What Alice Forgot by Liane Moriarty
(Amy Einhorn Books/Putnam, 2011, 432 pages)
This is the third book I’ve read by this author and she has mom culture down to a “T”! It is not as strong as Big Little Lies but it’s still full of the plots twists that make her books hard to put down. It will make you think about what you would miss out on if you forgot the last 10 years of your life and like Alice there are probably some things you would rather forget!
You can also check out reviews of this title from Julia and Sadie.
“Alice Love is twenty-nine, crazy about her husband, and pregnant with her first child. So imagine Alice’s surprise when she comes to on the floor of a gym (a gym! She HATES the gym) and is whisked off to the hospital where she discovers the honeymoon is truly over — she’s getting divorced, she has three kids, and she’s actually 39 years old. Alice must reconstruct the events of a lost decade, and find out whether it’s possible to reconstruct her life at the same time. She has to figure out why her sister hardly talks to her, and how is it that she’s become one of those super skinny moms with really expensive clothes. Ultimately, Alice must discover whether forgetting is a blessing or a curse, and whether it’s possible to start over…” – Amazon.com
Undermajordomo Minor by Patrick deWitt
(Ecco, 2015, 317 pages)
I loved this quirky little novel! It was a great way to end SCC’s Between the Covers book club for the semester!
For a more in-depth review, please check out Julia’s post.
“A love story, an adventure story, a fable without a moral, and an ink-black comedy of manners, Undermajordomo Minor is Patrick deWitt’s long-awaited follow-up to the internationally bestselling and critically acclaimed novel The Sisters Brothers. Lucien (Lucy) Minor is the resident odd duck in the bucolic hamlet of Bury. Friendless and loveless, young and aimless, Lucy is a compulsive liar, a sickly weakling in a town famous for producing brutish giants. Then Lucy accepts employment assisting the Majordomo of the remote, foreboding Castle Von Aux.” – Amazon.com
Bone Gap by Laura Ruby
(Balzer + Bray, 2015, 345 pages)
I loved this quirky little novel! I’m glad it was picked as one of SCC’s Between the Covers book club titles! You can check out Julia’s review for more information about the book.
“Everyone knows Bone Gap is full of gaps. So when young, beautiful Roza went missing, the people of Bone Gap weren’t surprised. But Finn knows what really happened to Roza. He knows she was kidnapped by a dangerous man whose face he cannot remember. As we follow the stories of Finn, Roza, and the people of Bone Gap, acclaimed author Laura Ruby weaves a tale of the ways in which the face the world sees is never the sum of who we are.” – Amazon.com
The Good German by Joseph Kanon
(Picador, 2006, 482 pages)
I was reading a review of Kanon’s new novel Leaving Berlin which referred to The Good German and made me want to read it. I had seen the movie but there really isn’t much similarity between the two. It was a great thriller with good historical detail about Berlin immediately following the end of World War II.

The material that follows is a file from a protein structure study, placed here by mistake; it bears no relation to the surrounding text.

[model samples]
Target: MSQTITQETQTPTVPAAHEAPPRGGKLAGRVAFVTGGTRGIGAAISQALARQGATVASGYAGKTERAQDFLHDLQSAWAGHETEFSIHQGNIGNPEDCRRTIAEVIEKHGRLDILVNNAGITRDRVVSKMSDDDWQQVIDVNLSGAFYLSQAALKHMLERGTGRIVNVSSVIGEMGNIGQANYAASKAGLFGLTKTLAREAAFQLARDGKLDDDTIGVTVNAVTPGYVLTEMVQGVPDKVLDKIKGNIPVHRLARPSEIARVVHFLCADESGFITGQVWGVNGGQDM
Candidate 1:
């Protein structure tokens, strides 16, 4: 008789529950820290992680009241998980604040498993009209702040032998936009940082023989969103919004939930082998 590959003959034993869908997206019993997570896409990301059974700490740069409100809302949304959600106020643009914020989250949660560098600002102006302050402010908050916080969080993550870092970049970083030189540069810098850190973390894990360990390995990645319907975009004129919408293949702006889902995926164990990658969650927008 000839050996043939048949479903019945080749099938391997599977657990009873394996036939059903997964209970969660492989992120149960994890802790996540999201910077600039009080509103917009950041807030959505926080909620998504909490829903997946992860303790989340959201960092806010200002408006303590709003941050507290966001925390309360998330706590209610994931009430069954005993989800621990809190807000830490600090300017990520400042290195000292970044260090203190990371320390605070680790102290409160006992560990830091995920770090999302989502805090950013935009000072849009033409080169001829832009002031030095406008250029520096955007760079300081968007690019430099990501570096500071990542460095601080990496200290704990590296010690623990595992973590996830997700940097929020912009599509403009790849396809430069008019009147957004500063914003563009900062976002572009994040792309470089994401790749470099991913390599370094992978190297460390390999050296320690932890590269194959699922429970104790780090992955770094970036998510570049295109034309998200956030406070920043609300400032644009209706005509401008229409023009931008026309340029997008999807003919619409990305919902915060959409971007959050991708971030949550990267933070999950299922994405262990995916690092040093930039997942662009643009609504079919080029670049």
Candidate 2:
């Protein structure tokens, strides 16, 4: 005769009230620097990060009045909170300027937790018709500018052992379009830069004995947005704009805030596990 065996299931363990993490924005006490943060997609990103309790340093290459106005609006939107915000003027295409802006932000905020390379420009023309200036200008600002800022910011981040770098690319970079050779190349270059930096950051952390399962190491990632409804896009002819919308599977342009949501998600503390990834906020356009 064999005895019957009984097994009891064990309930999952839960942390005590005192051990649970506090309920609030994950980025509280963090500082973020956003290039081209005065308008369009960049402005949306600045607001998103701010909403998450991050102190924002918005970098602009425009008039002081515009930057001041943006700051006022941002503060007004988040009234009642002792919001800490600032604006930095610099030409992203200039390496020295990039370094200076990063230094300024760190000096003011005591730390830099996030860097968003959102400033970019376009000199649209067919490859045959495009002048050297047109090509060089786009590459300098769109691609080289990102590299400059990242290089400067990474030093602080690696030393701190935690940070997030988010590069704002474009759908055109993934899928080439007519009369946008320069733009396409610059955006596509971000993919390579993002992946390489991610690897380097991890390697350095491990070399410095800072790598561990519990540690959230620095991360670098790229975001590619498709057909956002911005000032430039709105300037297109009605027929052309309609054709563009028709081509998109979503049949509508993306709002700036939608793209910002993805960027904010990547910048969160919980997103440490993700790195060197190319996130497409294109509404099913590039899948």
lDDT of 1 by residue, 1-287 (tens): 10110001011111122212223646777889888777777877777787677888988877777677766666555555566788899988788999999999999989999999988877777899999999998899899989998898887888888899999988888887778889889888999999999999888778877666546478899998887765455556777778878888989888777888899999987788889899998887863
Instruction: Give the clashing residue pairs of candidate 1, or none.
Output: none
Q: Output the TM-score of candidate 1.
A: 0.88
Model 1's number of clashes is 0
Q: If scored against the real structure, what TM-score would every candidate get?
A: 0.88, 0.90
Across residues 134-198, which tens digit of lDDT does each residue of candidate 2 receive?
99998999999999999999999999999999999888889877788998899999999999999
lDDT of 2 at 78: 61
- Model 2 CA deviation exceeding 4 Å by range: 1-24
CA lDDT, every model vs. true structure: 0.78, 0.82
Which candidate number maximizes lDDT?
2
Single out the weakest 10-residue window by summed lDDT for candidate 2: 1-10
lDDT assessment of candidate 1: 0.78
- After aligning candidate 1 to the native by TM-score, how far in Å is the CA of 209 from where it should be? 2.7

“The bestselling author of Los Alamos returns to 1945. Hitler has been defeated, and Berlin is divided into zones of occupation. Jake Geismar, an American correspondent who spent time in the city before the war, has returned to write about the Allied triumph while pursuing a more personal quest: his search for Lena, the married woman he left behind. When an American soldier’s body is found in the Russian zone during the Potsdam Conference, Jake stumbles on the lead to a murder mystery. The Good German is a story of espionage and love, an extraordinary recreation of a city devastated by war, and a thriller that asks the most profound ethical questions in its exploration of the nature of justice, and what we mean by good and evil in times of peace and of war.” – Amazon.com
My Brilliant Friend by Elena Ferrante; translated by Ann Goldstein
(Europa Editions, 2012, 331 pages)
This is the first in the four part Neapolitan Novels series and covers the childhood and early adolescence of the two main characters Elena and Lila. I liked it quite a bit and I’m looking forward to reading the rest of the series but I’m not rushing out to get it which I feel says something about my attitude towards it. The relationship between the two girls is very authentic and that was the most interesting part to read. Even when they were apart they were affected by each other which should seem familiar to anyone who has experienced an intense childhood friendship.
“A modern masterpiece from one of Italy’s most acclaimed authors, My Brilliant Friend is a rich, intense, and generous-hearted story about two friends, Elena and Lila. Ferrante’s inimitable style lends itself perfectly to a meticulous portrait of these two women that is also the story of a nation and a touching meditation on the nature of friendship.
The story begins in the 1950s, in a poor but vibrant neighborhood on the outskirts of Naples. Growing up on these tough streets the two girls learn to rely on each other ahead of anyone or anything else. As they grow, as their paths repeatedly diverge and converge, Elena and Lila remain best friends whose respective destinies are reflected and refracted in the other. They are likewise the embodiments of a nation undergoing momentous change. Through the lives of these two women, Ferrante tells the story of a neighborhood, a city, and a country as it is transformed in ways that, in turn, also transform the relationship between her protagonists, the unforgettable Elena and Lila.” – Amazon.com